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Issue #467: July 3–9, 2016

Microsoft is looming large in tech news this month, and there are a couple of issues that I want to cover, so I am going to deviate from I.G.T.M.’s normal Q&A format this week. This week will be all “A”, and the “Qs” will return next week.

Microsoft settled a small claims court case this week, brought against it by Teri Goldstein, a travel agent in California who claimed that an unsolicited and unwanted Windows 10 update to her business’s computer made her system virtually unusable. She sued for $10,000 (the maximum allowed in her jurisdiction’s small claims court) and won. Microsoft at first appealed the decision, but apparently thought better of the idea. A Microsoft spokesman stated “The company dropped its appeal to avoid the expense of further litigation.” Right. That’s rather uncharacteristic of Microsoft, but facts are facts. I’m telling you this tale for two reasons: First, to illustrate that it’s possible, however unlikely it seems, for the little guy to win a victory over the big guy – even one as big as mighty Microsoft. Second, I’m no lawyer, but don’t get any grand ideas of trying this on your own unless you have suffered a monetary loss, and you have absolutely meticulous records. The computer in question was the primary method that Teri used to conduct her business. The loss of the system occurred in the middle of her busiest season, and she was able to demonstrate through sales records from previous years that she suffered real, tangible, and substantial losses of her business income, and the court sided with her. It seems far less likely that someone would win a similar case claiming interruption of their usage of YouTube, Pinterest, Facebook, or even You can visit to read more about the case, and even see the court’s settlement document.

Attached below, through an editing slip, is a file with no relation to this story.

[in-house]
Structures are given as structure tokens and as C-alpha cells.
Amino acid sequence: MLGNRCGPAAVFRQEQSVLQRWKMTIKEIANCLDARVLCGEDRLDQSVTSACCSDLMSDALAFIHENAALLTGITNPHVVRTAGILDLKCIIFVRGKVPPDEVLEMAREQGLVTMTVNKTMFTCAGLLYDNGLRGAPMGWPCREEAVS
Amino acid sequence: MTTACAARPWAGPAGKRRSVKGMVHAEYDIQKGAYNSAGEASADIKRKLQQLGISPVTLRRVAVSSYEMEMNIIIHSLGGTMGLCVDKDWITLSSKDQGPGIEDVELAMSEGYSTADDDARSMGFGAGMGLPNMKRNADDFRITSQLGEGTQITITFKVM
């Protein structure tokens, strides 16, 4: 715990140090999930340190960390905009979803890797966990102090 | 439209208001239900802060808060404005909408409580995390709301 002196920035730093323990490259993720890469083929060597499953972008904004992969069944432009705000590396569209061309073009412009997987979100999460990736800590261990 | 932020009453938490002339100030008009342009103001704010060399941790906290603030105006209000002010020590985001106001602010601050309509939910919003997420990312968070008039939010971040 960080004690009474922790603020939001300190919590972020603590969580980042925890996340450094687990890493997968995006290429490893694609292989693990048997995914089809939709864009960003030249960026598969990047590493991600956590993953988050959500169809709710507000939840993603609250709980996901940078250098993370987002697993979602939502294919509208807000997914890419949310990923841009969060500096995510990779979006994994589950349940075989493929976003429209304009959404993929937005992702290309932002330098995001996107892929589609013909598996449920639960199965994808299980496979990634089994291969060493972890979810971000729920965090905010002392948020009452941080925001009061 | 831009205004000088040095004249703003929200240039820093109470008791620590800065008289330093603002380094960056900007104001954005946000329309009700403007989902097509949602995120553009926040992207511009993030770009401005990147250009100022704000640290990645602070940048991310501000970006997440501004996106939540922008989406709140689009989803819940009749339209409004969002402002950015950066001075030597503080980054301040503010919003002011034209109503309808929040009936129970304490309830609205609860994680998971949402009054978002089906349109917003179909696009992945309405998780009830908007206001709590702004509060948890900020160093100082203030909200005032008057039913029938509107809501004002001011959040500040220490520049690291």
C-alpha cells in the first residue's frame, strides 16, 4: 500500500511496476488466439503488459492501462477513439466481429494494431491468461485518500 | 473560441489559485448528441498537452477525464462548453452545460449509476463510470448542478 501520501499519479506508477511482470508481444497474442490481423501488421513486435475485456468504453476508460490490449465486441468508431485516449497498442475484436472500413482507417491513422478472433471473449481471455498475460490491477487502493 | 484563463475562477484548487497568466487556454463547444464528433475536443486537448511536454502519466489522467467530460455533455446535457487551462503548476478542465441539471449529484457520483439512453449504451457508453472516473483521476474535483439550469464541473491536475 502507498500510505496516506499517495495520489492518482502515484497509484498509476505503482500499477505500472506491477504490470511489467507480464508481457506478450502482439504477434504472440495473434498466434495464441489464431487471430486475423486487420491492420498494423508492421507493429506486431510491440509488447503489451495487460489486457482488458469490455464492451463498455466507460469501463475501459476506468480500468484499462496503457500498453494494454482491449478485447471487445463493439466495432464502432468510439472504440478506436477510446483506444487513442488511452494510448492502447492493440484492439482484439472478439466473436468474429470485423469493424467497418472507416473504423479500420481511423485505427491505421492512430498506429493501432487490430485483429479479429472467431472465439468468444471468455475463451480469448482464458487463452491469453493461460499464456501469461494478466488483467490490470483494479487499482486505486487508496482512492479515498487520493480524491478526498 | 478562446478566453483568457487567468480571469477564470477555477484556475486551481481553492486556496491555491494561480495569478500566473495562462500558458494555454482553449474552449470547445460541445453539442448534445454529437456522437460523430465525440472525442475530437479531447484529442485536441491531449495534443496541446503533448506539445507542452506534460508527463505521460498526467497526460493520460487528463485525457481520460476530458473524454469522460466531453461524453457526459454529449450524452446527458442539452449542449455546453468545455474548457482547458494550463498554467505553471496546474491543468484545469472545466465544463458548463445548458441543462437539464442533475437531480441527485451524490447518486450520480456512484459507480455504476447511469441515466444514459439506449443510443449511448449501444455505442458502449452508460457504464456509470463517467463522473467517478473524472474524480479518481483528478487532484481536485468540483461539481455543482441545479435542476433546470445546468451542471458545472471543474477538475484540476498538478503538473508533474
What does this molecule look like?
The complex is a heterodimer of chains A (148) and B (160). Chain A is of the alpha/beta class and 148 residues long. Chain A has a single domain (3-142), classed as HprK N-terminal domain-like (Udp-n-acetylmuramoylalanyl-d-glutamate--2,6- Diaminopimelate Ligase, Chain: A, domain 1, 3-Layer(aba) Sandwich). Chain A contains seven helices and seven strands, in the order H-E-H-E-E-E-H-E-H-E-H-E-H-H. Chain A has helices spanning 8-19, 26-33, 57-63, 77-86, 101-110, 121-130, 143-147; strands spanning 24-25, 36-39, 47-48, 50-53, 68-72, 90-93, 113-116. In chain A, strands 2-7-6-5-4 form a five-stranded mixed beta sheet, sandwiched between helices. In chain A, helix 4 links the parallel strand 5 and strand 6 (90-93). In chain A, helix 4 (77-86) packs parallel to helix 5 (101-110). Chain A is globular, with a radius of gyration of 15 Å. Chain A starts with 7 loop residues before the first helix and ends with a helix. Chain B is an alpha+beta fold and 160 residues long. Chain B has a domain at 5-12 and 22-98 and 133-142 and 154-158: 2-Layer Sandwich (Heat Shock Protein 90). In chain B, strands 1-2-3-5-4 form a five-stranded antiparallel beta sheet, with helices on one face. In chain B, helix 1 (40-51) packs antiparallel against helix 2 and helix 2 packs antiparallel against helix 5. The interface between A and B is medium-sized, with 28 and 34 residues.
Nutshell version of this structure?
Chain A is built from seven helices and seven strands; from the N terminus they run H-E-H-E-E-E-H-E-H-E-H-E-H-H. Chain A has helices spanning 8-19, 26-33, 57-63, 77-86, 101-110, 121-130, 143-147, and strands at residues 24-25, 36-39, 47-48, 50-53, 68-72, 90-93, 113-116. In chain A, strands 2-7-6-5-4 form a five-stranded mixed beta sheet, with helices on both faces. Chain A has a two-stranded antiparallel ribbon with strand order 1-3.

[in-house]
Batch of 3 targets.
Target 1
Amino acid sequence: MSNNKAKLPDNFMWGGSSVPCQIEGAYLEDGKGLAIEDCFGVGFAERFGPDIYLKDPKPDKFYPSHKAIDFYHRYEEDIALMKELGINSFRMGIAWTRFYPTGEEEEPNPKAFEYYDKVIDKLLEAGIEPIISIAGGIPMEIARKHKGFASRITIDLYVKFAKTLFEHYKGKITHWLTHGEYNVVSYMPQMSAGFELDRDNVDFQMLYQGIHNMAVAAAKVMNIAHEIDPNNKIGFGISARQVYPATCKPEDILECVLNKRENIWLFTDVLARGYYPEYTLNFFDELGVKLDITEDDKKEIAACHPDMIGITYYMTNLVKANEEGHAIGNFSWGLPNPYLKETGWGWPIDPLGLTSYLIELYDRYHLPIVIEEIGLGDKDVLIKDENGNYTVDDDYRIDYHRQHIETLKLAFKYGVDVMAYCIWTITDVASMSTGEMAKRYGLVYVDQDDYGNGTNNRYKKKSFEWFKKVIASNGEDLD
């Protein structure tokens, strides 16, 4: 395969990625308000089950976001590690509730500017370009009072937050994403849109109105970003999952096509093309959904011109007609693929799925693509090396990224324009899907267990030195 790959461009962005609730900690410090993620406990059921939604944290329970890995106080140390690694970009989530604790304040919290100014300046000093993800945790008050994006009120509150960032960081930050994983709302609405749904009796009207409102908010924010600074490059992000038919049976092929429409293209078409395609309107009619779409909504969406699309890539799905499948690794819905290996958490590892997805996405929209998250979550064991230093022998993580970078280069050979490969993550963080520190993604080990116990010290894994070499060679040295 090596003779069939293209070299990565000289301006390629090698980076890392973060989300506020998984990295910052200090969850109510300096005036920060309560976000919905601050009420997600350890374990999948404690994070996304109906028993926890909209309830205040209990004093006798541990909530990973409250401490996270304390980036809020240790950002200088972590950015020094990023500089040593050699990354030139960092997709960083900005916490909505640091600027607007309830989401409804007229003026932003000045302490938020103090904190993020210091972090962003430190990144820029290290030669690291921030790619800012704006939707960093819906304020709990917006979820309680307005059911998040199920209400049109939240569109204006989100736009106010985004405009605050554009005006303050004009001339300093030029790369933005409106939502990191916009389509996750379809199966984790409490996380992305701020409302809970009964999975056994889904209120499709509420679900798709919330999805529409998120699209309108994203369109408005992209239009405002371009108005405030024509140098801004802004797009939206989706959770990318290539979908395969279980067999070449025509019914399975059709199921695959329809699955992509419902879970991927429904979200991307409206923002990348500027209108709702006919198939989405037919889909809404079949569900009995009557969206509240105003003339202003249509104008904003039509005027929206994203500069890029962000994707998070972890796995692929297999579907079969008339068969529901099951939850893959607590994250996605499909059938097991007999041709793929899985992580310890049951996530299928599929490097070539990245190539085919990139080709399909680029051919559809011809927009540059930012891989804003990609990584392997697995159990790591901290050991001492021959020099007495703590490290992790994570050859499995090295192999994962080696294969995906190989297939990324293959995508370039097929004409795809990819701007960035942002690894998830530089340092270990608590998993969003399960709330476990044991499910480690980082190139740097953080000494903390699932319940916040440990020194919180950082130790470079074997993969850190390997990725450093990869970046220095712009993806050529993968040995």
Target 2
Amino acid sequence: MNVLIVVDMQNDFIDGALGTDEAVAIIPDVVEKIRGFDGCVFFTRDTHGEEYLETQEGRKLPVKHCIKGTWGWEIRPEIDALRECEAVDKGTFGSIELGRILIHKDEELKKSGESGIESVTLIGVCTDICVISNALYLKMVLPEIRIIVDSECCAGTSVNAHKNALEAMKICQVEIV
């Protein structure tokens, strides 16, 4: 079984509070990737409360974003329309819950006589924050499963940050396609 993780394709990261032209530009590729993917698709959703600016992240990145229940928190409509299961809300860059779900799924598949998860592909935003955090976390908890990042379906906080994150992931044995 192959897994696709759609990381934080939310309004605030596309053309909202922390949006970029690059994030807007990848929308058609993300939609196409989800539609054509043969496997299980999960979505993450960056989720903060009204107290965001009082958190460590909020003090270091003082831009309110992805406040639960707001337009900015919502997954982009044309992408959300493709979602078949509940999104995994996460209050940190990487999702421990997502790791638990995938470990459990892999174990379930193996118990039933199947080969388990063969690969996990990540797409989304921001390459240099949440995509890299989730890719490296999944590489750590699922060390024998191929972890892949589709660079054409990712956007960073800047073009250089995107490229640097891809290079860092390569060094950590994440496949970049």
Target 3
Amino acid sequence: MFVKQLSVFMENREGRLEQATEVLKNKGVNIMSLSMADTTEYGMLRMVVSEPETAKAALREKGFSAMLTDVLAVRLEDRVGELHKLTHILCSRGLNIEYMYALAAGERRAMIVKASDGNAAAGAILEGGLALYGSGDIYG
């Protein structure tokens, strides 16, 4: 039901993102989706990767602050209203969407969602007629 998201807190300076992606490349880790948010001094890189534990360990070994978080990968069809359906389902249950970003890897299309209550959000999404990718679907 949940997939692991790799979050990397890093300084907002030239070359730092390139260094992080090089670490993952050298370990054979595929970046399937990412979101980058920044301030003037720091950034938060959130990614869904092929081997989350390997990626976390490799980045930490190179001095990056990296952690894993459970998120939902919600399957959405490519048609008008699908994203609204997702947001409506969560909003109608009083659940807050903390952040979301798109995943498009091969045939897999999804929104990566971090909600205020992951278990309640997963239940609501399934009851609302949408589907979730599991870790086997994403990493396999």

In other Microsoft news, I feel compelled to remind you that Microsoft’s offer of free upgrades to Windows 10 is set to expire on July 29th. Now, I know there are a lot of upset people out there who are balking at being “forced” to update their computer. Jason Perlow of ZDNET summed it up better than I could have, saying “My Facebook and Twitter feed is littered with hemming and hawing over prompting to upgrade. Refusal to capitulate to the prompt that it needs to be done, anger over invasion of one’s personal space. Desperate pleading to be left alone, despondence over presumed unnecessary workday and life disruption.”

It’s understandable. I too, sometimes wish I could go back to the days of Windows XP, which had finally achieved a good, stable platform when they rudely yanked the rug out from under it. But things inexorably march forward. Geek things. Things like device interfaces, drive capacities, network technology, and malware capabilities. As much as you’d like it to, your PC doesn’t operate in a vacuum, and with each tick of the clock, its vulnerability to any one of thousands of types of issues increases. You can no longer afford to just ignore issues like this and expect them to go away, nor can you just wait until “something happens” (data breach, catastrophic hardware failure, etc.) without risking exponentially more headaches than a relatively simple operating system upgrade.

Is the upgrade risk-free? It is not. I’ve dealt with several people who have had issues with the upgrade. Statistically speaking, however, the chances of something going catastrophically wrong during an upgrade are far smaller than the chances of trying to force an old operating system to run an old computer hooked to old peripherals.  

I think Microsoft made a pretty good offer allowing people to upgrade for free. You’ve had a year for the bugs to be shaken out. There have been maintenance releases already, and the “Anniversary Edition” is scheduled to be released at the same time as the free upgrade expires. With all that said, if you think you absolutely must, here is a link to an article that may help you hold off the inevitable for just a little longer: Good luck, and happy computing!


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